All About Cortisol: The Stress Response and You

Stress is an unavoidable part of life. In most instances, it’s even good for you. But if too much stress is affecting your health, you may soon be able to say, "There’s an app for that." That’s because researchers and developers are designing new healthcare applications for smart phones that will measure levels of the stress hormone cortisol.

What Is Cortisol, and How Does it Work?

Cortisol is a hormone produced by the adrenal glands, which sit on top of the kidneys. Cortisol plays many roles; for instance, it helps regulate metabolism, influences blood pressure, and can act as an anti-inflammatory, according to the Society for Endocrinology. But it is perhaps best known for helping our bodies respond to real or perceived threats, such as life-threatening attacks by wild beasts or—more commonly these days—pressure at work, unexpected emergencies, and disasters.

During times of heightened stress, cortisol works with other hormones and the nervous system. For instance, when you’re stressed, adrenaline (another hormone) makes your heart beat faster and harder to increase circulation to your vital organs and muscles; this helps you deal with whatever has triggered the stress response. At the same time, cortisol increases the amount of glucose (sugar) in your bloodstream to provide energy. It also temporarily changes your mood, as well as digestive, reproductive, and other systems; this allows your body to focus vital resources and survive immediate danger.

This stress response is natural, healthy, and has been one of the human body’s survival mechanisms since cave man days. Back then, once you outran the lion, your stress response would simmer down again until the next threat.

The Stress Response Today

Today, however, you’re probably not trying to outrun lions: instead, you’re dealing with tight deadlines, cranky bosses, chronic sleep deprivation, overburdened schedules, and non-stop stimulation. But your body may respond to these common and less dangerous threats in the same way our ancestors responded to being chased by wild beasts—with the stress response. But frequently experiencing the stress response can be harmful: If it’s activated too frequently or is mismanaged, the body’s ability to maintain normal hormone levels is inhibited. Prolonged stress and chronically elevated cortisol levels are associated with multiple health problems, including anxiety, depression, high blood pressure, inflammation, weight gain, and heart disease; stress is also linked to diseases like diabetes.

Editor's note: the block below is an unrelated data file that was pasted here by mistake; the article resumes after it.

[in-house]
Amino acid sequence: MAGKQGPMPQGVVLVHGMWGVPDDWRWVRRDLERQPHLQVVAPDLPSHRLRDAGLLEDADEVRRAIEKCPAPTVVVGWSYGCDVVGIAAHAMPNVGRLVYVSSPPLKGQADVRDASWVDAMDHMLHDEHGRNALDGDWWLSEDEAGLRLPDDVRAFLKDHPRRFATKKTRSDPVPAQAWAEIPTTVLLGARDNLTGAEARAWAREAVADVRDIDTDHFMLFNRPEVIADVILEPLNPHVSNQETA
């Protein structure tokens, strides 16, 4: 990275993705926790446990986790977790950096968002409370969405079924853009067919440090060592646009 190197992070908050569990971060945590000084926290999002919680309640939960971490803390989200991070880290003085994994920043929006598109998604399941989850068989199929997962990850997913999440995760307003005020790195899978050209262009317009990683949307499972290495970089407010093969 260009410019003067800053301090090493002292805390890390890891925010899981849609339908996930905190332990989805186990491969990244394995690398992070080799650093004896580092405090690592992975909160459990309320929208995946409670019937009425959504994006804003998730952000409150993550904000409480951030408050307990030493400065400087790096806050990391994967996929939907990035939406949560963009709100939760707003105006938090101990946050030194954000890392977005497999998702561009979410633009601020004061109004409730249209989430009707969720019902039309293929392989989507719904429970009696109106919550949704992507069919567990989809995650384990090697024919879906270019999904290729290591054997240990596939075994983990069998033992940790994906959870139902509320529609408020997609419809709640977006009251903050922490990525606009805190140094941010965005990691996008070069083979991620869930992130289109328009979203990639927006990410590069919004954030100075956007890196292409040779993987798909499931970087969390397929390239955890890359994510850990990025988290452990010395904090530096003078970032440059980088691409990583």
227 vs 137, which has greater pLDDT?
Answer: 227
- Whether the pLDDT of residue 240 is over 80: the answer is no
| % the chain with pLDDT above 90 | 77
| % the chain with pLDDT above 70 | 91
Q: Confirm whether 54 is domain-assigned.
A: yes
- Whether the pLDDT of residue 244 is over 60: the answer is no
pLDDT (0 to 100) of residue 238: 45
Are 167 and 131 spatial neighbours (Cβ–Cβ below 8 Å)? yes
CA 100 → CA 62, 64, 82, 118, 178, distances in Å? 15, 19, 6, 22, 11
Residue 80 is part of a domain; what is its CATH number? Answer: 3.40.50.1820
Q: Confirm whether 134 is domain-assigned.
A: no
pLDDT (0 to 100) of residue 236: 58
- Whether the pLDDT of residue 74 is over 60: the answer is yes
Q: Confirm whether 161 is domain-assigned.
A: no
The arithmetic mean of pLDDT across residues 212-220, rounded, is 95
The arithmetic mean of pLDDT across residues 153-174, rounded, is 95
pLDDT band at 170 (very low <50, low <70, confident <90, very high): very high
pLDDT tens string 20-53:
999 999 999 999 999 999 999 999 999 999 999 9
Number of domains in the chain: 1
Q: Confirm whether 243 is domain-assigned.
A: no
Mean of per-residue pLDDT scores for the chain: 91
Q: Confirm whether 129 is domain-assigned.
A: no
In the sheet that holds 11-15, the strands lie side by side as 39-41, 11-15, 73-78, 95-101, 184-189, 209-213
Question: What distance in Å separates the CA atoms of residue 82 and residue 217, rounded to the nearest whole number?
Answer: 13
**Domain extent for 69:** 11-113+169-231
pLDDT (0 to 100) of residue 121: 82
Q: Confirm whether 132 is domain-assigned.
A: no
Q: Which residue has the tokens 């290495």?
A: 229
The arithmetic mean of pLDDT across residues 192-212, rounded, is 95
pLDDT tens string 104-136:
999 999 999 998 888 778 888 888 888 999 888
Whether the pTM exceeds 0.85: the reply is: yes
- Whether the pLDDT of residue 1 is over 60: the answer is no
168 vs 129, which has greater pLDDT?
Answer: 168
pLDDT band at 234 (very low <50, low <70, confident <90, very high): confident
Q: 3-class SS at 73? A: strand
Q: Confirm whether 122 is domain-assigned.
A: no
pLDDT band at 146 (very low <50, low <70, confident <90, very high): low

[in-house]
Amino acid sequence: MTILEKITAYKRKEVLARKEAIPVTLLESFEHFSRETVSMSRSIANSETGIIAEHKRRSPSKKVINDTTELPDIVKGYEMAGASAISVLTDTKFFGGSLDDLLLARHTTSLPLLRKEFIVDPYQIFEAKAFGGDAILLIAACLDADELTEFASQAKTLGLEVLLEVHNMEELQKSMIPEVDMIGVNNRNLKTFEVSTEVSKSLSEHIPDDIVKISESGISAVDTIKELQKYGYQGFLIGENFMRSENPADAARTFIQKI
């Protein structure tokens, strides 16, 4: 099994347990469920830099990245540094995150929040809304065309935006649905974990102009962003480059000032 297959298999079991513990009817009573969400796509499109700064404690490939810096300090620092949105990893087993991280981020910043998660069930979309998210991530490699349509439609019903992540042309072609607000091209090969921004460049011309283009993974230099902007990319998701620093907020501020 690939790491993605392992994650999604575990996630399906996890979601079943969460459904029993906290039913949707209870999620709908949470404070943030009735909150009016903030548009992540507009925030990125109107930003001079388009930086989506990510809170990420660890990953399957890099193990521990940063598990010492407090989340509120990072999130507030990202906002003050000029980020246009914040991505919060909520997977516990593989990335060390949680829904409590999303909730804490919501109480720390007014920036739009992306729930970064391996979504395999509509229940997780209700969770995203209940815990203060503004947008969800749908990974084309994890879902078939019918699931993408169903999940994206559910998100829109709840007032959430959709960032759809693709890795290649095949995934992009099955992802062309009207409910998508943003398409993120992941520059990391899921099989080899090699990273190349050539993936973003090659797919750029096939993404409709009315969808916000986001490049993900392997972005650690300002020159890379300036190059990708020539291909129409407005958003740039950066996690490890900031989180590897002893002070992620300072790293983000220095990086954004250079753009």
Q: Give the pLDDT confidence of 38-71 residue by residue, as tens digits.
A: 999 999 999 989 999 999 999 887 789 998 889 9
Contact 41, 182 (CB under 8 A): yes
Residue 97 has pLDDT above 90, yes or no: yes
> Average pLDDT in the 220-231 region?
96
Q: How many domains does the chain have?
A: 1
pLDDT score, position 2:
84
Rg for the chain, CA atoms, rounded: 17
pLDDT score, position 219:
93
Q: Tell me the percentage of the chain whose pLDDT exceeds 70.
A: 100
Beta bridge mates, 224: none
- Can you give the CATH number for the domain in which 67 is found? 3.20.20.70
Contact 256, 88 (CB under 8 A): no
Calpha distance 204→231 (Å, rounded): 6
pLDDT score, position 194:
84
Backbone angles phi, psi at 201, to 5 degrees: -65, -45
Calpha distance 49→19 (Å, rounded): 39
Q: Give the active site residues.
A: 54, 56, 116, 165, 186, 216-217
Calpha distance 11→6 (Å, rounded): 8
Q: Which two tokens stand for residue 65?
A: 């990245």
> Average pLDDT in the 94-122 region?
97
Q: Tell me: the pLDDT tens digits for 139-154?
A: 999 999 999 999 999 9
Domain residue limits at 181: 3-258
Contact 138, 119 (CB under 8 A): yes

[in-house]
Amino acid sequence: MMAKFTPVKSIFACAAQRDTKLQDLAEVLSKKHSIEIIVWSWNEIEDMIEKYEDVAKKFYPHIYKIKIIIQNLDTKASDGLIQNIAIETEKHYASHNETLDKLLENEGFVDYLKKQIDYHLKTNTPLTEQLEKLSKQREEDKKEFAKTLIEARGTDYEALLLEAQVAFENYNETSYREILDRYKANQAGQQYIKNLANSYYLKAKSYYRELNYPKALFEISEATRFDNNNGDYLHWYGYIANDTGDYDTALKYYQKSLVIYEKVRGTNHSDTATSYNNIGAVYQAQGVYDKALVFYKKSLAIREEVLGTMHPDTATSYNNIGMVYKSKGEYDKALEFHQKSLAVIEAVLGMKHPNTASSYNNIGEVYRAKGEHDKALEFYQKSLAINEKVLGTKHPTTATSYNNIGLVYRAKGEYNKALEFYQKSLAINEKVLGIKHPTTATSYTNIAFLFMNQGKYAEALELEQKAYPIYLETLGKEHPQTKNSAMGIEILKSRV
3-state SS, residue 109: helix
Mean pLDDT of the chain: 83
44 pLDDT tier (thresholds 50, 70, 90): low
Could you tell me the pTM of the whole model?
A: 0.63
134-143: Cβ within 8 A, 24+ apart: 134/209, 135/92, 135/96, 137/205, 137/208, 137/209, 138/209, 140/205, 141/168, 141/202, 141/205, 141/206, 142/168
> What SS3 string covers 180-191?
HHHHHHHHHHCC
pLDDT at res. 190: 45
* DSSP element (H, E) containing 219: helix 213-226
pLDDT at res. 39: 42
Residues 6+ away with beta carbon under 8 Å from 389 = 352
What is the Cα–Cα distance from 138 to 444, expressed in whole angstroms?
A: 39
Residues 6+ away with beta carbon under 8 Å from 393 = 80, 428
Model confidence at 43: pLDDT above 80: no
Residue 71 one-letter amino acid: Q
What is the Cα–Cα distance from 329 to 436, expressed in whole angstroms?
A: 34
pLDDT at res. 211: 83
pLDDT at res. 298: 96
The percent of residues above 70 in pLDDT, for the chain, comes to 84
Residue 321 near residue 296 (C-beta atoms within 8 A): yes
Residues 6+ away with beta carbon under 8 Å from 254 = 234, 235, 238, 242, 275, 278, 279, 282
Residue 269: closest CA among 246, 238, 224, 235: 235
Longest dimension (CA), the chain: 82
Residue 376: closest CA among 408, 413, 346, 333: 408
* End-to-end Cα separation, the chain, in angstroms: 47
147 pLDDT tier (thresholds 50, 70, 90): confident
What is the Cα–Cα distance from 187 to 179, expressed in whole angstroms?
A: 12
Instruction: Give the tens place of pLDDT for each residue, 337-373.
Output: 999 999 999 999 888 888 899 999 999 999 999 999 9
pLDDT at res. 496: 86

Doctors sometimes order costly and time-consuming lab tests to measure patients’ cortisol levels. But the expense and time associated with these tests has led researchers to seek out faster, cheaper ways to measure cortisol. Now, new software and cell phone technology might make this test more affordable and accessible. According to research presented at a recent joint meeting of the International Society of Endocrinology and the Endocrine Society in Chicago, patients may soon be able to upload a saliva specimen through a special tube attached to their phones to measure cortisol and deliver results within minutes for about $5.

Managing Stress

The question is, once you know your stress hormones are too high, what can you do to lower them? The answers to that will be as individualized as the patient but will undoubtedly require a combination of stress management techniques, such as

  • Exercise
  • Meditation
  • Breathing exercises
  • Talking with friends and loved ones
  • Enjoying a hobby

If you think your stress levels are off the charts or you’re concerned about your health, don’t wait for new technology before taking action. Talk to your doctor and start reducing stress in your life today.

Liesa Harte, MD, founder, Elite Care, reviewed this article.


"You and Your Hormones – Cortisol." Society for Endocrinology. Page reviewed September 2012. 

Joel R.L. Ehrenkranz, MD, Randall Polson, Ph.D. and Theodure Espiritu. "Point-of-Care Salivary Cortisol Immunoassay Using a Smartphone." Intermountain Healthcare, Murray, UT, University of Utah, Salt Lake City. 

"Adrenal Glands." University of Maryland Medical Center/University of Maryland Center for Diabetes and Endocrinology. Page updated May 6, 2014. 

"Understanding the Stress Response." Harvard Mental Health Letter. March 2011.

"Five Tips to Help Manage Stress." American Psychological Association. 

Wust S, Wolf J, Hellhammer DH, Federenko I, Schommer N, Kirschbaum C. "The Cortisol Awakening Response - Normal Values and Confounds." Noise Health [serial online] 2000 [cited 2014 Aug 13]; 2:79-88. 

McEwen, B. "Stressed or Stressed Out: What Is the Difference?" J Psychiatry Neurosci 2005; 30(5): 315318. 

"Understanding Chronic Stress." American Psychological Association. Page accessed August 14, 2014.